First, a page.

Microwave Remote Sensing, Radiative Transfer, HIRAD, Radiometry, Hurricane Observation, SFMR
This dissertation presents results for an end-to-end computer simulation of a new airborne microwave remote sensor, the Hurricane Imaging Radiometer, HIRAD, which will provide improved hurricane surveillance. The emphasis of this research is the retrieval of hurricane-force wind speeds in the presence of intense rain and over long atmospheric slant path lengths that are encountered across its wide swath. Brightness temperature (Tb) simulations are performed using a forward microwave radiative transfer model (RTM) that includes an ocean surface emissivity model at high wind speeds developed especially for HIRAD high incidence angle measurements and a rain model for the hurricane environment. Also included are realistic sources of errors (e.g., instrument NEDT, antenna pattern convolution of scene Tb, etc.), which are expected in airborne hurricane observations. Case studies are performed using 3D environmental parameters produced by numerical hurricane models for actual hurricanes. These provide realistic 'nature runs' of rain, water vapor, clouds and surface winds from which simulated HIRAD Tb's are derived for various flight tracks from a high altitude aircraft. Using these simulated HIRAD measurements, Monte Carlo retrievals of wind speed and rain rate are performed using available databases of sea surface temperatures and climatological hurricane atmospheric parameters (excluding rain) as a priori information. Examples of retrieved hurricane wind speed and rain rate images are presented, and comparisons of the retrieved parameters with the numerical model data are made. Statistical results are presented over a broad range of wind and rain conditions and as a function of path length over the full swath.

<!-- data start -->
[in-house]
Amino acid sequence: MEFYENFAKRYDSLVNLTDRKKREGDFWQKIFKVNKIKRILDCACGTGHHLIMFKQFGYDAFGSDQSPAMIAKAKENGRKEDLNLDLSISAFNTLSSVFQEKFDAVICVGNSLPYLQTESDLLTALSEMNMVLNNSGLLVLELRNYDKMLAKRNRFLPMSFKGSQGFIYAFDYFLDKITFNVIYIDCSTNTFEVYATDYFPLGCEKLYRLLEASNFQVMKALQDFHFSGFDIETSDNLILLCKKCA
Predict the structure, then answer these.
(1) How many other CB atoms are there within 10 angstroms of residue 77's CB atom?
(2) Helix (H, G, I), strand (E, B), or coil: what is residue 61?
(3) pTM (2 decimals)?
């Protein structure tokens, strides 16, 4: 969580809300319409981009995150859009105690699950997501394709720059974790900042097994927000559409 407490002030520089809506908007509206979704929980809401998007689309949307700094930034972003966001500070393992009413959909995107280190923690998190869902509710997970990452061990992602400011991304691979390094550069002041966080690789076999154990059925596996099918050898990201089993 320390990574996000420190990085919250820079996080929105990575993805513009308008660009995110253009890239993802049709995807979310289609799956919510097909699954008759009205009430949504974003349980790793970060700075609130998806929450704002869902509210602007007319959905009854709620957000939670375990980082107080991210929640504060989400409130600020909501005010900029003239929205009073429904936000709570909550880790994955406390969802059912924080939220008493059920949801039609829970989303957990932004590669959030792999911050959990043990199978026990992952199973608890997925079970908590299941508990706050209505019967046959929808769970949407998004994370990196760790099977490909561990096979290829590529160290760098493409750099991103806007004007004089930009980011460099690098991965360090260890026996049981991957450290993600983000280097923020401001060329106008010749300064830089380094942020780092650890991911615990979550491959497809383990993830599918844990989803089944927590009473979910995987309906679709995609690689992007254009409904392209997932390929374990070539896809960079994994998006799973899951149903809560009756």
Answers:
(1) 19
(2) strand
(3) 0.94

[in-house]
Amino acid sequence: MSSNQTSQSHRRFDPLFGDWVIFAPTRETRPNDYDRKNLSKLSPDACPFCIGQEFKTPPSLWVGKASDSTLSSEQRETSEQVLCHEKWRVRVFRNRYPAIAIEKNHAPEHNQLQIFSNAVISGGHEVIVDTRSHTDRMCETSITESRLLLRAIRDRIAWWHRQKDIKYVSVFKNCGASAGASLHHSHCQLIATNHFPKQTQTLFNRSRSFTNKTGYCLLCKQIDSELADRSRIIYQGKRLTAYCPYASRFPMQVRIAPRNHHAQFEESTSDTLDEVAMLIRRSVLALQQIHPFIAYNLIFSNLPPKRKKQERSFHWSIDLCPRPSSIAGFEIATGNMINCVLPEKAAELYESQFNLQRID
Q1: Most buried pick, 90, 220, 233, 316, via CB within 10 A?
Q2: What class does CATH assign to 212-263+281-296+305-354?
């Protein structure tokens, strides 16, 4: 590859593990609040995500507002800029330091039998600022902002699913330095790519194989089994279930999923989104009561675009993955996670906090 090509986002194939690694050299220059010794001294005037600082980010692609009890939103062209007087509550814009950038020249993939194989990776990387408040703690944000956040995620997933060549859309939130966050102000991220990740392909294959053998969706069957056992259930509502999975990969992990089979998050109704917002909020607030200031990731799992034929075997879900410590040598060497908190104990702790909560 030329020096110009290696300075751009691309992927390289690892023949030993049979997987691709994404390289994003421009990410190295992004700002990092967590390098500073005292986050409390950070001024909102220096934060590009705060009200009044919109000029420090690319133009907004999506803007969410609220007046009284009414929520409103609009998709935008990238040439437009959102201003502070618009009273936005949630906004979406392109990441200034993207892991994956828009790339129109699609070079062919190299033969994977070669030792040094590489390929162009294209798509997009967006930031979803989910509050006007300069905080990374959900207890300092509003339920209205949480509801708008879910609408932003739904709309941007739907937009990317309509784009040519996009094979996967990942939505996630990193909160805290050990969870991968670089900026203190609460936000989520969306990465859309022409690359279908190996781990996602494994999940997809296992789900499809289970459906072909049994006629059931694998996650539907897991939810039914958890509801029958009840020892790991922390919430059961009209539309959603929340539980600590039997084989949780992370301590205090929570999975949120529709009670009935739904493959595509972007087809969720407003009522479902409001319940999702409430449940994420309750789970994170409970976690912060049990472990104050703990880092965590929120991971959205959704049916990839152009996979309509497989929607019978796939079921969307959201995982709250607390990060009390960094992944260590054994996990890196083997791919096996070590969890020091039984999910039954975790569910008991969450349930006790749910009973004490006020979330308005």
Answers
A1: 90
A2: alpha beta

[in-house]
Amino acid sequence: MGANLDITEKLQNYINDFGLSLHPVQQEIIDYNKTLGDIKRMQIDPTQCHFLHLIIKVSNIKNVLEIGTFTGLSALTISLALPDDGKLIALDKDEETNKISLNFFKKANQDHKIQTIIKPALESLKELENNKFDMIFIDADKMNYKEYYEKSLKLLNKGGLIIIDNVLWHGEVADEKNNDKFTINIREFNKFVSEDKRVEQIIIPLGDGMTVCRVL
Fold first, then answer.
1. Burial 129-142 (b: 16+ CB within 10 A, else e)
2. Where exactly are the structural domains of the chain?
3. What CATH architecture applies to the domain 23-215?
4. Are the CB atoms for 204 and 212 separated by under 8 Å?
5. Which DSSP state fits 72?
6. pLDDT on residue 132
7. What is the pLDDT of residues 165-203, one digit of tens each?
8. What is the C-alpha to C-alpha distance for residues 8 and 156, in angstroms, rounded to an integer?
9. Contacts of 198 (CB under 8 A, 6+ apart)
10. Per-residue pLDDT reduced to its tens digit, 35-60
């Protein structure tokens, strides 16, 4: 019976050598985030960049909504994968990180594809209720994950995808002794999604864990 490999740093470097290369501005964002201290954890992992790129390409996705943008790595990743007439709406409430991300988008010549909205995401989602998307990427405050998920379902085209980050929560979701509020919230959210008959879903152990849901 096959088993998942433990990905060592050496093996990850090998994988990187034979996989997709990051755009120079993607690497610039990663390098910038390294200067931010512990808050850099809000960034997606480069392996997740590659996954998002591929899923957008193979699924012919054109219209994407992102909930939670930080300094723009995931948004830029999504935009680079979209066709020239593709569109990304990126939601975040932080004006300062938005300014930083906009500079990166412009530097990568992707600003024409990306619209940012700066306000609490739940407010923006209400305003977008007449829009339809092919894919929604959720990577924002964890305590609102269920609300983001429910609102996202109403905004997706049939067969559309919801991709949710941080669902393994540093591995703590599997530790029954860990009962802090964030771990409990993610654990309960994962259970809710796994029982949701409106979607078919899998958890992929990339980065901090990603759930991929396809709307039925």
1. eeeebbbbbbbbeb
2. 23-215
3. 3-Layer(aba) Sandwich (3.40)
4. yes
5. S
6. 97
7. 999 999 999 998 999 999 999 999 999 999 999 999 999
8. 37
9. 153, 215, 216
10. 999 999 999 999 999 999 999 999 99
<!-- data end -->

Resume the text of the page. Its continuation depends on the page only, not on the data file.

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Jones, W. Linwood
Doctor of Philosophy (Ph.D.)
College of Engineering and Computer Science
Electrical Engineering and Computer Science
Length of Campus-only Access
Doctoral Dissertation (Open Access)
Amarin, Ruba, "Hurricane Wind Speed And Rain Rate Measurements Using The Airborne Hurricane Imaging Radiometer (hirad)" (2010). Electronic Theses and Dissertations, 2004-2019. 4223.